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Environmental Public Health Dimensions of Shale and Tight Gas Development

In this review the authors find evidence of potential environmental public health risks associated with shale gas development. Several studies suggest that shale gas development contributes to ambient air concentrations of pollutants known to be associated with increased risk of morbidity and mortality.
Similarly, an increasing body of studies suggest that water contamination risks exist through a variety of environmental pathways, most notably during wastewater transport and disposal, and via poor zonal isolation of gases and fluids due to structural integrity impairment of cement in gas wells.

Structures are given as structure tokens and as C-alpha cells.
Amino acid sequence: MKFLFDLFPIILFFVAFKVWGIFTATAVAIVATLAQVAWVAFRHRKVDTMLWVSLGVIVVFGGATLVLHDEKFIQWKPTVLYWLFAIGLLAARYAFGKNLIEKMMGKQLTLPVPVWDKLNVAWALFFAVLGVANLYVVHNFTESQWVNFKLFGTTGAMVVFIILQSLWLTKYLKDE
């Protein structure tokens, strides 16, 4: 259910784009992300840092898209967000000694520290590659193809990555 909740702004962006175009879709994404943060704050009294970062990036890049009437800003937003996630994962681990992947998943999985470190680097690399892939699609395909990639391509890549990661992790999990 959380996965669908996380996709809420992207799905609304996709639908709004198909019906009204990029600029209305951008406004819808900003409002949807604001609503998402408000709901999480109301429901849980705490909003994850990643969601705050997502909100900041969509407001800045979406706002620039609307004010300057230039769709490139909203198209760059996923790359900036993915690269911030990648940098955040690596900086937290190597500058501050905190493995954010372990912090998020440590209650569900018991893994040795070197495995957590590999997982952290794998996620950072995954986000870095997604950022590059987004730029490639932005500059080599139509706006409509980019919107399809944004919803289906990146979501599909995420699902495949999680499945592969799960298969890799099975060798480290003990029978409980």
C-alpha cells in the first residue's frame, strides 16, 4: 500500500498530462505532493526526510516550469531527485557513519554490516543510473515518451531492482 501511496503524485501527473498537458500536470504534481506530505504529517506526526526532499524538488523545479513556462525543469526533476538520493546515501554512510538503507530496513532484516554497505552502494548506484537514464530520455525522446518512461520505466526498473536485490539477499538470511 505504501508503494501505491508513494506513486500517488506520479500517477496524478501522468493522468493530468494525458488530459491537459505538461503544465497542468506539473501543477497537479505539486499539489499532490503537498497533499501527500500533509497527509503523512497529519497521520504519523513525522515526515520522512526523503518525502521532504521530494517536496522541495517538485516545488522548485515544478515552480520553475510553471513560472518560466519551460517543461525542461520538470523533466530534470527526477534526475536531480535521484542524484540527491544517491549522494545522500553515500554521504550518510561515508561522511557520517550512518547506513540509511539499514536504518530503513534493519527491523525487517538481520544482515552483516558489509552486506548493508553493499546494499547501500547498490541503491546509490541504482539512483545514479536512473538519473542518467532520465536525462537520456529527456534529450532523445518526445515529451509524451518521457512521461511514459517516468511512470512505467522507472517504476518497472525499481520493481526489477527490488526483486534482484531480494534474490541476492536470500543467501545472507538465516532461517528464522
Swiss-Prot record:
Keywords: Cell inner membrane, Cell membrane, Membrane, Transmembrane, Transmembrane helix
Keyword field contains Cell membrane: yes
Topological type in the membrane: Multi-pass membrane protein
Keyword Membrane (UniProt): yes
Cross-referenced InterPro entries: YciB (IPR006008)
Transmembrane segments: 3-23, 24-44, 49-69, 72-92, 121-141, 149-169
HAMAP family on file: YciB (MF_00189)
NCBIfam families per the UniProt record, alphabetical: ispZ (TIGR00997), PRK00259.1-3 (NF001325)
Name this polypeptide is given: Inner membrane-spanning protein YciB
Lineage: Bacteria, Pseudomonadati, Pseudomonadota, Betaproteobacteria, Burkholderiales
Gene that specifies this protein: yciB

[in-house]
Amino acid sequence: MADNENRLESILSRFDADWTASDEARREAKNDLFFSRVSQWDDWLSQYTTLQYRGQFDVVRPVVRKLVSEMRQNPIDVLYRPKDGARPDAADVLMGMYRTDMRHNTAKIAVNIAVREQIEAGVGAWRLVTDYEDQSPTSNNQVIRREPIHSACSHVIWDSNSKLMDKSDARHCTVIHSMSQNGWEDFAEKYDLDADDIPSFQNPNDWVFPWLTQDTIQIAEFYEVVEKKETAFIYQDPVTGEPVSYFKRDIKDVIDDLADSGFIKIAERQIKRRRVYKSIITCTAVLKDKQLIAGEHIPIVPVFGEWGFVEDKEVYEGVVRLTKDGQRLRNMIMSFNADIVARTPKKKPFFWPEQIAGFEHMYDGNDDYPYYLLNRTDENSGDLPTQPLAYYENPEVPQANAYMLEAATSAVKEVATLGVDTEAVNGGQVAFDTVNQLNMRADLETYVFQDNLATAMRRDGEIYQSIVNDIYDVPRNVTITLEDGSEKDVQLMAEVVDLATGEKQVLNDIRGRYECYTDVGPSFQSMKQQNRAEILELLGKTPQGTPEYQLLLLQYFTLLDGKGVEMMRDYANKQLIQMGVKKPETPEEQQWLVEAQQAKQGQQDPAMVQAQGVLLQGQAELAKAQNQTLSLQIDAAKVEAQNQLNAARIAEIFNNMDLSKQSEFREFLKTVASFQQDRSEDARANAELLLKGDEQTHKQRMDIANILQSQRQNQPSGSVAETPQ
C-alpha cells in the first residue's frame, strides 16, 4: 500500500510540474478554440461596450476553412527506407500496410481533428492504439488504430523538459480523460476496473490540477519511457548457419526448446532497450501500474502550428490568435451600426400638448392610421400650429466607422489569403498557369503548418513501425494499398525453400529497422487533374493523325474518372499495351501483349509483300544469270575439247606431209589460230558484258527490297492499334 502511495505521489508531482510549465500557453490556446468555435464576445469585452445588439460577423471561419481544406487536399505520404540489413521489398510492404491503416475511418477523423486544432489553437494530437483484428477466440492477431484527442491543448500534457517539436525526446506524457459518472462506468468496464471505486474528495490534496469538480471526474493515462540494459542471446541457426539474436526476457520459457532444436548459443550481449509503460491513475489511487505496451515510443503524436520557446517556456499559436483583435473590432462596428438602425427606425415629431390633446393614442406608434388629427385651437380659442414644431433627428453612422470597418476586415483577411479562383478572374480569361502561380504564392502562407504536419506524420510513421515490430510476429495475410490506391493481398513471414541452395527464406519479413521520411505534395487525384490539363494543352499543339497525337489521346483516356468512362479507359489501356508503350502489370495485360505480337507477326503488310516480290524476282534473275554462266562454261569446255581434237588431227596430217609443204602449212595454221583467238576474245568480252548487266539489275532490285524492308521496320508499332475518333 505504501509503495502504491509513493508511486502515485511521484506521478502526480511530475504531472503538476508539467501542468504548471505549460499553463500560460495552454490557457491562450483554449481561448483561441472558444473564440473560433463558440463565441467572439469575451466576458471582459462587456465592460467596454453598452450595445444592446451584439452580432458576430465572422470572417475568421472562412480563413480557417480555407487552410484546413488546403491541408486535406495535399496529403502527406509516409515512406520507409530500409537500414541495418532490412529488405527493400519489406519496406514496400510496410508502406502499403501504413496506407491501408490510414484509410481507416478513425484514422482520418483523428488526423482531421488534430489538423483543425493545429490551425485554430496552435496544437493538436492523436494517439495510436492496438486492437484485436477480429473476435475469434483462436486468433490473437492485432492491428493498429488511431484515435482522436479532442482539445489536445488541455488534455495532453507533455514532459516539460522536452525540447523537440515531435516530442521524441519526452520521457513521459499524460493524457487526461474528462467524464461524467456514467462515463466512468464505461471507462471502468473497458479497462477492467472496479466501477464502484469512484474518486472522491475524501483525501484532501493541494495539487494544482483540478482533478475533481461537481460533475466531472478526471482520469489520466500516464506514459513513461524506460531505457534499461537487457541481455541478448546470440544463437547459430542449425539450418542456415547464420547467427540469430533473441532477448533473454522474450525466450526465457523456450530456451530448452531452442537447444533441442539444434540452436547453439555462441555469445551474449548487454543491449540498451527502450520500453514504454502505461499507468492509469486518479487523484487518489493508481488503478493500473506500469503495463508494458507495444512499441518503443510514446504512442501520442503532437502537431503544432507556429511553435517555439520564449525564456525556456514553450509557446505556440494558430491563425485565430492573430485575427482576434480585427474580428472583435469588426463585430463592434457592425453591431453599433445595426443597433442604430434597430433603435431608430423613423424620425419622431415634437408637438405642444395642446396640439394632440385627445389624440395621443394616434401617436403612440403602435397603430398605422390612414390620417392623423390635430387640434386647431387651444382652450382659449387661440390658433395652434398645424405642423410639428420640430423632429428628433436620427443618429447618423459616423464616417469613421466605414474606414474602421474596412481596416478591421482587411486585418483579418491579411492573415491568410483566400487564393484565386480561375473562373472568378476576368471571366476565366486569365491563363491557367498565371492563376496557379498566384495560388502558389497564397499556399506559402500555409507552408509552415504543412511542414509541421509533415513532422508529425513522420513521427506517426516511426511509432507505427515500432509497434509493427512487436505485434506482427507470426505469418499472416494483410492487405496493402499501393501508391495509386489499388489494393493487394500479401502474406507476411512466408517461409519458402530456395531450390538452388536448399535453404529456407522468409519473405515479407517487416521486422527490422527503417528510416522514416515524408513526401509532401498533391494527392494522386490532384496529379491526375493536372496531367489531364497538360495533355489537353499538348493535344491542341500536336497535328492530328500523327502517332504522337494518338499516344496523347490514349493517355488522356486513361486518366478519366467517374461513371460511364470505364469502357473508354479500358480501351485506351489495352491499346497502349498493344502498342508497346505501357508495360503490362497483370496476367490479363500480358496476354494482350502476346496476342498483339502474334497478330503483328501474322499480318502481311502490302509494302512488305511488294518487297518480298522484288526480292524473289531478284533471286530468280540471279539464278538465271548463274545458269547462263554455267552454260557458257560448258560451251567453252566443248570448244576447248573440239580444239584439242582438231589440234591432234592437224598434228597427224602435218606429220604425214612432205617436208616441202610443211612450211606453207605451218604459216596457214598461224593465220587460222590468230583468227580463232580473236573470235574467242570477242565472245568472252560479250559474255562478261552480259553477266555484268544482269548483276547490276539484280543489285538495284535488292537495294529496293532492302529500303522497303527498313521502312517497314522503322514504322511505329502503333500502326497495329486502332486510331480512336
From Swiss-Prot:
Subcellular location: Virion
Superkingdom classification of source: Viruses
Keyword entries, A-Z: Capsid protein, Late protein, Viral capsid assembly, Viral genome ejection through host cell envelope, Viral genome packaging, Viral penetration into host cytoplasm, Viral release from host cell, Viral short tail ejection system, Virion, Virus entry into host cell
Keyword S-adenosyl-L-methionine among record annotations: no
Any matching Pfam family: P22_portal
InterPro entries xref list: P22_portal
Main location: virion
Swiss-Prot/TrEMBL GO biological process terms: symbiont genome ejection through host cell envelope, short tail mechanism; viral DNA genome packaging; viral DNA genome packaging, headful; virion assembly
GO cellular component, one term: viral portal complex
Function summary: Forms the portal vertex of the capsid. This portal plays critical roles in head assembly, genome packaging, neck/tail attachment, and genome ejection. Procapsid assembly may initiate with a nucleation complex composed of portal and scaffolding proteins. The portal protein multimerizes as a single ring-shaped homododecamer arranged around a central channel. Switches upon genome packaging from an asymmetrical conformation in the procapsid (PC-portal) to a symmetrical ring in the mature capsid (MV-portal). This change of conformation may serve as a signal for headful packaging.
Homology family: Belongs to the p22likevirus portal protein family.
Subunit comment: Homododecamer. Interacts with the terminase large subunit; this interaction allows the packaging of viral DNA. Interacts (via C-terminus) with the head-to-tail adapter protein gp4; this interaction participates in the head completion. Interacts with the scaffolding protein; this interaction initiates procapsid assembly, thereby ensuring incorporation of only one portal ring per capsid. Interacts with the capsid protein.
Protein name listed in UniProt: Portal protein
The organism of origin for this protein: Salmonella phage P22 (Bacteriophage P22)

Despite a growing body of evidence, data gaps persist. Most important, there is a need for more epidemiological studies to assess associations between risk factors, such as air and water pollution, and health outcomes among populations living in close proximity to shale gas operations.

Bibliography:
Seth B.C. Shonkoff, Jake Hays, and Madelon L. Finkel
Environmental Public Health Dimensions of Shale and Tight Gas Development
Environmental Health Perspectives, volume 122, number 8, August 2014, published online Jul 22, 2014

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